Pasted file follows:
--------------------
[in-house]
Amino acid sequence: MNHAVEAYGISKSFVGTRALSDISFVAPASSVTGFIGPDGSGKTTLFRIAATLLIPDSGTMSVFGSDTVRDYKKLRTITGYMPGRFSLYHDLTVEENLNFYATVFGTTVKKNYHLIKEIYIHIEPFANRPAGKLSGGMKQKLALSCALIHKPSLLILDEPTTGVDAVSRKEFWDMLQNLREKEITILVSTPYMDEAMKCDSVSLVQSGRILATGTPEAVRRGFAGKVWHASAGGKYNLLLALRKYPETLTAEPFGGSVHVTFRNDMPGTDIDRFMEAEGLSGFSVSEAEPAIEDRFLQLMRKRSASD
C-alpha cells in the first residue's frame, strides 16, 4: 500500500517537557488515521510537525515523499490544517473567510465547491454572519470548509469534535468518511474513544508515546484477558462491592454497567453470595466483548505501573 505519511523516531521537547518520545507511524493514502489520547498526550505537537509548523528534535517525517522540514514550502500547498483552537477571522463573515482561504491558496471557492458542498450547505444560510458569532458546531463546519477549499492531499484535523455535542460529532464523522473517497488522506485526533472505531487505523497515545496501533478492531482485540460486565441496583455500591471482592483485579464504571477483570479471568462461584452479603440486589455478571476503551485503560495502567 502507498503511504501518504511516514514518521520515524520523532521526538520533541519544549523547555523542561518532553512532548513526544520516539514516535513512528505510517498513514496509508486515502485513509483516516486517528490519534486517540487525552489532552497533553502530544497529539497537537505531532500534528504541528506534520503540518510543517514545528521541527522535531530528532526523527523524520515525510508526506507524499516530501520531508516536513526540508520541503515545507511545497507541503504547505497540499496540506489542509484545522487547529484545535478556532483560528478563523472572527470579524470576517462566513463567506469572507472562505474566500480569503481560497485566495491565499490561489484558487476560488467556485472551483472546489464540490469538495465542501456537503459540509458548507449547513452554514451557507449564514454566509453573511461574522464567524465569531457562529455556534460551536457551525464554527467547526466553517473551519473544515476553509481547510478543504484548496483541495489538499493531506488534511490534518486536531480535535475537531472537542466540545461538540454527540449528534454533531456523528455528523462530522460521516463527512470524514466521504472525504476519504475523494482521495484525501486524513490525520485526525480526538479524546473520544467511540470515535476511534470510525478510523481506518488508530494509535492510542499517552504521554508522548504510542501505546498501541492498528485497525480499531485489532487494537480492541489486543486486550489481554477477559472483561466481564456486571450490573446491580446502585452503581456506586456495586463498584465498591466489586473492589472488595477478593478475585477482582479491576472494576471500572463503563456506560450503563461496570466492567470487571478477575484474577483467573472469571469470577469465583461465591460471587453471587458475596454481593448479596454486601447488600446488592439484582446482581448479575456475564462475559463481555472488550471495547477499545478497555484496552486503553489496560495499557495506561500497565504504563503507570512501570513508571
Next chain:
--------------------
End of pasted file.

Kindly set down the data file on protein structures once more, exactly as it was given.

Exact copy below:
[in-house]
Amino acid sequence: MNHAVEAYGISKSFVGTRALSDISFVAPASSVTGFIGPDGSGKTTLFRIAATLLIPDSGTMSVFGSDTVRDYKKLRTITGYMPGRFSLYHDLTVEENLNFYATVFGTTVKKNYHLIKEIYIHIEPFANRPAGKLSGGMKQKLALSCALIHKPSLLILDEPTTGVDAVSRKEFWDMLQNLREKEITILVSTPYMDEAMKCDSVSLVQSGRILATGTPEAVRRGFAGKVWHASAGGKYNLLLALRKYPETLTAEPFGGSVHVTFRNDMPGTDIDRFMEAEGLSGFSVSEAEPAIEDRFLQLMRKRSASD
C-alpha cells in the first residue's frame, strides 16, 4: 500500500517537557488515521510537525515523499490544517473567510465547491454572519470548509469534535468518511474513544508515546484477558462491592454497567453470595466483548505501573 505519511523516531521537547518520545507511524493514502489520547498526550505537537509548523528534535517525517522540514514550502500547498483552537477571522463573515482561504491558496471557492458542498450547505444560510458569532458546531463546519477549499492531499484535523455535542460529532464523522473517497488522506485526533472505531487505523497515545496501533478492531482485540460486565441496583455500591471482592483485579464504571477483570479471568462461584452479603440486589455478571476503551485503560495502567 502507498503511504501518504511516514514518521520515524520523532521526538520533541519544549523547555523542561518532553512532548513526544520516539514516535513512528505510517498513514496509508486515502485513509483516516486517528490519534486517540487525552489532552497533553502530544497529539497537537505531532500534528504541528506534520503540518510543517514545528521541527522535531530528532526523527523524520515525510508526506507524499516530501520531508516536513526540508520541503515545507511545497507541503504547505497540499496540506489542509484545522487547529484545535478556532483560528478563523472572527470579524470576517462566513463567506469572507472562505474566500480569503481560497485566495491565499490561489484558487476560488467556485472551483472546489464540490469538495465542501456537503459540509458548507449547513452554514451557507449564514454566509453573511461574522464567524465569531457562529455556534460551536457551525464554527467547526466553517473551519473544515476553509481547510478543504484548496483541495489538499493531506488534511490534518486536531480535535475537531472537542466540545461538540454527540449528534454533531456523528455528523462530522460521516463527512470524514466521504472525504476519504475523494482521495484525501486524513490525520485526525480526538479524546473520544467511540470515535476511534470510525478510523481506518488508530494509535492510542499517552504521554508522548504510542501505546498501541492498528485497525480499531485489532487494537480492541489486543486486550489481554477477559472483561466481564456486571450490573446491580446502585452503581456506586456495586463498584465498591466489586473492589472488595477478593478475585477482582479491576472494576471500572463503563456506560450503563461496570466492567470487571478477575484474577483467573472469571469470577469465583461465591460471587453471587458475596454481593448479596454486601447488600446488592439484582446482581448479575456475564462475559463481555472488550471495547477499545478497555484496552486503553489496560495499557495506561500497565504504563503507570512501570513508571
Next chain: